GWANGJU, South Korea ― The memories never fade.
The stories of the 10 days of defiance, of suffering and bloodshed live on in a city that still seethes with resentment 40 years after the uprising that began with a student demonstration on May 18, 1980.
A generation or two has grown up since, but the tales are enshrined in two major museums here, one at the old provincial government building that the students and others had taken over as their headquarters, the other at the May 18 Memorial Park where the remains of more than 200 of those killed in the massacre are buried.
Other museums and displays around the city mark the places where the soldiers attacked, where people were killed, where protesters acted out their grievances for accumulated wrongs by military leaders responsible for dictatorial rule. Together they tell the story of the massacre, day by day, hour by hour, in words, photographs, artifacts and other imagery.
The tragic saga is sure to endure in the minds of those who visit many years later, but the story is not over.
Now President Moon Jae-in has ordered an investigation intended to come up with more answers. Who, exactly, ordered the soldiers to open fire, not only in the final assault on the provincial building but in isolated shootings, in seemingly random killing and wounding, over the entire 10 days between May 18 and May 27?
Moon, as he explained in a speech on May 18 in front of the government building, believes “as truth is revealed to the world piece by piece, the pent-up agonies in hearts will be relieved one by one, and we will be able to move toward the path of forgiveness and reconciliation.” There will, he said, be no reason “for distortion and denigration.”
It’s unlikely this investigation, in its broad outline, will go much beyond what’s already clear from exhibits that are open for everyone, but the details should really be interesting.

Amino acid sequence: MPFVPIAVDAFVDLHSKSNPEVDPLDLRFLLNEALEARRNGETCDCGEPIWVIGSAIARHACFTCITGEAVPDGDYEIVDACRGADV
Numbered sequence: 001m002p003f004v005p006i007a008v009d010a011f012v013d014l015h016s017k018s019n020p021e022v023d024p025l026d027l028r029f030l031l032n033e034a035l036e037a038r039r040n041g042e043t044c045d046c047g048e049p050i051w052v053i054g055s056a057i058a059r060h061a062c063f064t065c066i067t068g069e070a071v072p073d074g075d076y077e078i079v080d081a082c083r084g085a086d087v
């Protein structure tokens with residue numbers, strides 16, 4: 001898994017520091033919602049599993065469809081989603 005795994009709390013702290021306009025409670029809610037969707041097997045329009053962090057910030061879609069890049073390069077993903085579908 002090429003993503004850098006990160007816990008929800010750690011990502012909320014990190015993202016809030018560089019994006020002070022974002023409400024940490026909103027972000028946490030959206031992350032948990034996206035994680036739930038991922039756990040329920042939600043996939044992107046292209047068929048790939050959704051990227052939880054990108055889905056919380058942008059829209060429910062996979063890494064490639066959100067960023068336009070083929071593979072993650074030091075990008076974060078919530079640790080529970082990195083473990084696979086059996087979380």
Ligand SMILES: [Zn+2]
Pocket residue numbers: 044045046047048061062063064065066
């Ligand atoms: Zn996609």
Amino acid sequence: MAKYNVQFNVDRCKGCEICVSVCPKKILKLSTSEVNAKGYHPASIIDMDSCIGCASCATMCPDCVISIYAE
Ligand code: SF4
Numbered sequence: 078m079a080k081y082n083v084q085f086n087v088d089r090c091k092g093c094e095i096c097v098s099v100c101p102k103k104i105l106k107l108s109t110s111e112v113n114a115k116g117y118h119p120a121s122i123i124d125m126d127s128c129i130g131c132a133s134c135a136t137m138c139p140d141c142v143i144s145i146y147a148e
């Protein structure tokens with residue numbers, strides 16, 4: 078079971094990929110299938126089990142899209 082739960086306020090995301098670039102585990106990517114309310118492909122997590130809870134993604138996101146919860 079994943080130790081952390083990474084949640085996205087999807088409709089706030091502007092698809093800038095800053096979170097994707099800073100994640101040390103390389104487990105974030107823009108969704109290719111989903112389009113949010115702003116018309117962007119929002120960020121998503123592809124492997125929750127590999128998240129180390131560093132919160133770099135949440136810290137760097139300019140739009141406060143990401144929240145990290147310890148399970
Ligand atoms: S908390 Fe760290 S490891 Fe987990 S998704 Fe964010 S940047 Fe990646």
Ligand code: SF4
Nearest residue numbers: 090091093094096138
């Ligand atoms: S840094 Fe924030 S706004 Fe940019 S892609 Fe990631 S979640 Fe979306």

It so happens, two or three days before May 27, 1980, that I visited the provincial building where protesters had established their headquarters.
They were eager to publicize what they were doing. Someone there issued me a press card. An official gave an impassioned briefing to several of us, including Bill Chapman of the Washington Post and Norman Thorpe, who covered the entire 10 days mostly from inside the city for the Asian Wall Street Journal.
The next time I was there, a day or two after the army had regained complete control, I saw coffins around the entrance to the building. There was a deathly silence, then outbursts of grief from family members discovering loved ones.
I’m pretty sure those whom I met earlier did not survive the onslaught, but I’ve always wanted to know exactly what happened to them, who was responsible for the killing. Maybe, as a result of this final investigation, the truth will be known. Did then-President Chun Doo-hwan personally issue the “open fire” order? The answers to some of these questions are already known, but for sure there’s a lot we don’t know.
Another question: What was the American role? For sure, the Americans were caught flat-footed. They hadn’t known what was coming and didn’t know what to do about it.
The American general, John Wickham, technically had operational control over all forces in Korea, but Chun had only to notify him of the removal of a division of troops and send them to Gwangju and Wickham couldn’t stop him. Or so he said.
The U.S. position has been the uprising was an internal matter. Americans didn’t like the response of their Korean ally, but there was nothing they could do.
Wickham has said he had not imagined Korean troops would fire on Korean civilians. If nothing else, the investigation might come up with more evidence of American incompetence, which would not be surprising.
We can also expect simple eyewitness descriptions.
An American Peace Corps volunteer, Paul Courtwright, has chronicled, all these years later, what he saw in a book called “Witnessing Gwangju,” just published in English and Korean versions by Hollym. It’s an enthralling read, not only from what he remembers of the violence but also from his descriptions of Korean life, his conversations with ordinary Koreans and other Peace Corps types.
He also provides other details that might be of interest — for instance, that helicopters had opened fire, all denied by Chun.
The Gwangju uprising was brief. There have been far bloodier episodes in Korean history. Nonetheless, as a definable event, within a precise frame, experienced and witnessed by many, the tragedy endures as a point in time that scholars and investigators will want to study for years to come.
Far from being forgotten, relegated to some dark closet of the past, Gwangju lives on in the minds of those who never saw it but still want to know how and why it happened.